My pretend Hollywood muckety-muck gets it wrong. I think Nuns on a Bus will be a blockbuster and I hope they’ll be budget-busters, too, because the Ryan budget is immoral and all the more so because it comes from the political party in the U.S. that likes to tout its religious bona fides.  More money for guns and the military, less for food stamps and health care, more tax cuts for the uber-wealthy? Hmm. The religious text the GOP seems to be following is the one about the Pharisees in the temple – but the GOP sees the Pharisees as the good guys.

Here’s the thing that Ryan and all his friends at the Tea Party might want to think about when they ask “what would Jesus do?”

I don’t have a direct line to the Big Guy, but my hunch is that Jesus? He’d get on the bus with the nuns, and ride, ride, ride.

 

Continue Reading · on June 15, 2012 in Education, Feminism, Politics, religion

Abayas

Here’s where you get your abaya when you visit Abu Dhabi’s Grand Mosque:


No, there are no shoes available here, just black full-length robes for all female visitors not already wearing a robe, and white full-length robes for male visitors wearing shorts.

And here’s what you look like when you put on your black robe and veil:


When Muslim women wear the full abaya, with head scarf and face veil, they look to me like beekeepers in mourning. Me? I just looked like a white girl in a black bathrobe.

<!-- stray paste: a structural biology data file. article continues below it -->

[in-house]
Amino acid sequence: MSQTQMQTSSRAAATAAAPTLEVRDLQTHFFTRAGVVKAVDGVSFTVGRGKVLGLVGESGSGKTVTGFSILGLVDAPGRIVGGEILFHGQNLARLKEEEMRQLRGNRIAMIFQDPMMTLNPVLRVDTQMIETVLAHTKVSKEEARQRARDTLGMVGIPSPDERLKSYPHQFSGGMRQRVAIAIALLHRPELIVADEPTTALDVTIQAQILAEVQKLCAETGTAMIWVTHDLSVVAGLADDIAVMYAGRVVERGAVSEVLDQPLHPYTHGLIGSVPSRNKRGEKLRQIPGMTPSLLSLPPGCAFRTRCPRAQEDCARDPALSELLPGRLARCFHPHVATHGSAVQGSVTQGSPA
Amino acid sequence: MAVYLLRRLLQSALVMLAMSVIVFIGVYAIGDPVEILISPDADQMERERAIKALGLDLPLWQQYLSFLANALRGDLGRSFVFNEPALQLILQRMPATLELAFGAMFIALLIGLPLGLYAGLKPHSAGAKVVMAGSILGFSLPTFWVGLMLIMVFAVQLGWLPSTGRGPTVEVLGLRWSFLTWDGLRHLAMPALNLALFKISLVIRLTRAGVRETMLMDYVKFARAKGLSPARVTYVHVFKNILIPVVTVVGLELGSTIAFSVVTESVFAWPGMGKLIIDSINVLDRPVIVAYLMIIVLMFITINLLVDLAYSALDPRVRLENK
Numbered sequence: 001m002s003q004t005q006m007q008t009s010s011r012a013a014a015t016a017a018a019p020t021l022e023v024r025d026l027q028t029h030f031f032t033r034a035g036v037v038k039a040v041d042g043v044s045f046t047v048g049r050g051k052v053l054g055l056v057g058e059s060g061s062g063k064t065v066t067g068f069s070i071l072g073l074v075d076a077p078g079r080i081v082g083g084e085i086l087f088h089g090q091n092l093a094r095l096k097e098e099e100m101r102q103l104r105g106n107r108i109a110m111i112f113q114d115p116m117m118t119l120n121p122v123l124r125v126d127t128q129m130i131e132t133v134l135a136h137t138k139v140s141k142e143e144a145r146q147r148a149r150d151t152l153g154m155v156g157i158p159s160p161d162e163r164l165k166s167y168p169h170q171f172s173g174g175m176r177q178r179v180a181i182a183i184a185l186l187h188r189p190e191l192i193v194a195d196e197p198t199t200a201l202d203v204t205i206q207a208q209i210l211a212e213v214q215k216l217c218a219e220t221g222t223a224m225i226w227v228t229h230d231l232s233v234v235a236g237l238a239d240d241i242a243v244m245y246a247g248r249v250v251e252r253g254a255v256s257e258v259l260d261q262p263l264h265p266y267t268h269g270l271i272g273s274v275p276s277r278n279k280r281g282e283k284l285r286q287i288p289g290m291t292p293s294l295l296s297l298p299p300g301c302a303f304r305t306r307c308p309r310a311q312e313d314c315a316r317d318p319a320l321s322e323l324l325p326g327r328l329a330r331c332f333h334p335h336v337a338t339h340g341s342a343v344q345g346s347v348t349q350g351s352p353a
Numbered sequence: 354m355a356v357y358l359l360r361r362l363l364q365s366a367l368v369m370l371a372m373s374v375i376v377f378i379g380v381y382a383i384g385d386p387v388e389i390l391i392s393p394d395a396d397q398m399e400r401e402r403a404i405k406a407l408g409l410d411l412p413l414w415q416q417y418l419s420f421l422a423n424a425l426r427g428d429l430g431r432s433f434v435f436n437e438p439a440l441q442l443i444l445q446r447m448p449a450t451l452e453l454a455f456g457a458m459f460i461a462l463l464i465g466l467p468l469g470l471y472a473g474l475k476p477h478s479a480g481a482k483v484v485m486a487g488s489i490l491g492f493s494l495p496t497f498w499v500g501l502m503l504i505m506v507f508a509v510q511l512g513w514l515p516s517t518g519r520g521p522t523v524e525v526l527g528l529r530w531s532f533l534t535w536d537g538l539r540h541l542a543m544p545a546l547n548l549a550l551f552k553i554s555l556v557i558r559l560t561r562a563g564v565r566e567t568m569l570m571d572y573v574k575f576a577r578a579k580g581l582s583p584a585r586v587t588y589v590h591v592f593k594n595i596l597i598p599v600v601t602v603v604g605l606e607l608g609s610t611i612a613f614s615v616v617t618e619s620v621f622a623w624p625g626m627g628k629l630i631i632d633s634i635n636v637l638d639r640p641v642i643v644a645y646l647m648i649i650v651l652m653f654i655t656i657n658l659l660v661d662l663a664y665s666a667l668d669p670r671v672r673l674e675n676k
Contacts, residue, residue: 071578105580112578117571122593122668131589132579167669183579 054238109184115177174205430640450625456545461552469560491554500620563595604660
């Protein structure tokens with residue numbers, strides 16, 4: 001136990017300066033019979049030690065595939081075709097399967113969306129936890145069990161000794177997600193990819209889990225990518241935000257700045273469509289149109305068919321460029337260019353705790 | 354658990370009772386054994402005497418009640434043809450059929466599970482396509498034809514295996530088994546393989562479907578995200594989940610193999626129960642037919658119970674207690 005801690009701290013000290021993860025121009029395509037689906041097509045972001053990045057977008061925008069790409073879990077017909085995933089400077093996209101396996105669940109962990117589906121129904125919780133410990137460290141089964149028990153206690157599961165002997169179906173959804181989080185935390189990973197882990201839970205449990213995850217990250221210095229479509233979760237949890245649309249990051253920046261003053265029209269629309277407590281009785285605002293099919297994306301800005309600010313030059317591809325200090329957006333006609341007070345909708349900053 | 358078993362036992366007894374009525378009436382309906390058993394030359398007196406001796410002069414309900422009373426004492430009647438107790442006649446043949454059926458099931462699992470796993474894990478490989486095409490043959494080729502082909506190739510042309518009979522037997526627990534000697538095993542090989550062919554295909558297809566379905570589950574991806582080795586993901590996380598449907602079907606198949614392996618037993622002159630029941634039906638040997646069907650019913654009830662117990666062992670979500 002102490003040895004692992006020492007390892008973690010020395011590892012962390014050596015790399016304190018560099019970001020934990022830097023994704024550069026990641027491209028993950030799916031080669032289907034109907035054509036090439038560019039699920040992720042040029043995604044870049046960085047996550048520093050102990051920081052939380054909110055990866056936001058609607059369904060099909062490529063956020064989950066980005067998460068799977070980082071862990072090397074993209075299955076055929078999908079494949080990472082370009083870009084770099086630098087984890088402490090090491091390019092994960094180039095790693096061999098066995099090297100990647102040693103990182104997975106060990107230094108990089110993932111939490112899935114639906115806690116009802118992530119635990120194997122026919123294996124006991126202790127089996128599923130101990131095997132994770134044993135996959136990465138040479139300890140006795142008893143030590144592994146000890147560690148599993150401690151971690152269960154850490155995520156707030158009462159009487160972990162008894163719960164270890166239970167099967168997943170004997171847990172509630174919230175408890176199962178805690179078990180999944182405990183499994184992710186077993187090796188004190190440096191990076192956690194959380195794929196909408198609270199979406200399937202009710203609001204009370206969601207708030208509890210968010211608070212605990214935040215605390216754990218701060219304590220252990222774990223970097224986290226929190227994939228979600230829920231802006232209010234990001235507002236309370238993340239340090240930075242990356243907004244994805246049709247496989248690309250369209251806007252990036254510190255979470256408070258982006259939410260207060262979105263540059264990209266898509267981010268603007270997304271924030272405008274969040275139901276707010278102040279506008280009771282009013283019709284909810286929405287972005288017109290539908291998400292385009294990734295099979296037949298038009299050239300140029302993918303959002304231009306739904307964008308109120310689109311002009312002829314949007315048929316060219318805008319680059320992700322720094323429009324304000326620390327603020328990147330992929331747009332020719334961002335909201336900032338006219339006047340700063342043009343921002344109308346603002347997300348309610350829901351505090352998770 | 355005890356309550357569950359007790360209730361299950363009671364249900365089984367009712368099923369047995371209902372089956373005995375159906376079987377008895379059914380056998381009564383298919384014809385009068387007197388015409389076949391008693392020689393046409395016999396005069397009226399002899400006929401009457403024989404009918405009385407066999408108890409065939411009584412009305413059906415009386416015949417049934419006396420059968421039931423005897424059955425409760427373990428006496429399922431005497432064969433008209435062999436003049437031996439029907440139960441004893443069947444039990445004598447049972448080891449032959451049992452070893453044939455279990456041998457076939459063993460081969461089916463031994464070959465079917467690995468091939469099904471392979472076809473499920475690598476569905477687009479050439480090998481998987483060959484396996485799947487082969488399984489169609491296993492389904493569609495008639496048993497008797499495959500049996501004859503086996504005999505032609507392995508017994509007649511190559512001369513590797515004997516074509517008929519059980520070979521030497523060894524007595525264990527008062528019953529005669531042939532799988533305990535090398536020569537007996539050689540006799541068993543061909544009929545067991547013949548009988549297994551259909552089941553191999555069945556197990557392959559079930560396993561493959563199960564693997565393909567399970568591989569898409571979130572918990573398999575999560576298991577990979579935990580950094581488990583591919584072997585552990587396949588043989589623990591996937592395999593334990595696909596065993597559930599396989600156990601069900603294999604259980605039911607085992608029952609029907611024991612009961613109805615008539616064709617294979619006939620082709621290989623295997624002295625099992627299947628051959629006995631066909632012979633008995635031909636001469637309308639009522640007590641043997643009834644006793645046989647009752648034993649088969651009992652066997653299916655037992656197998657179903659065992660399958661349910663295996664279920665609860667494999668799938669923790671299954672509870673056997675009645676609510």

As I swished from the outer patios of the Grand Mosque into the inner courtyard, I imagined that wearing this robe would render me anonymous—just another devout Muslim woman.  But of course, peeking out from the black veil is my round Midwestern face–and no amount of Manhattan living, or black veiling, can disguise that, alas.

When I first put the headscarf on, Liam chided me for doing it wrong. I ignored him, of course. What ten year old boy knows anything about scarves?  And then just before I entered the mosque itself, the very nice young woman guard standing in the doorway pulled me aside. With a quick pinch of fabric in the back, a flick of the wrist, and a deft tuck or two, she had the veil adjusted: covering all of my hair in the back and snugly wrapped so that it wouldn’t slide around while I walked.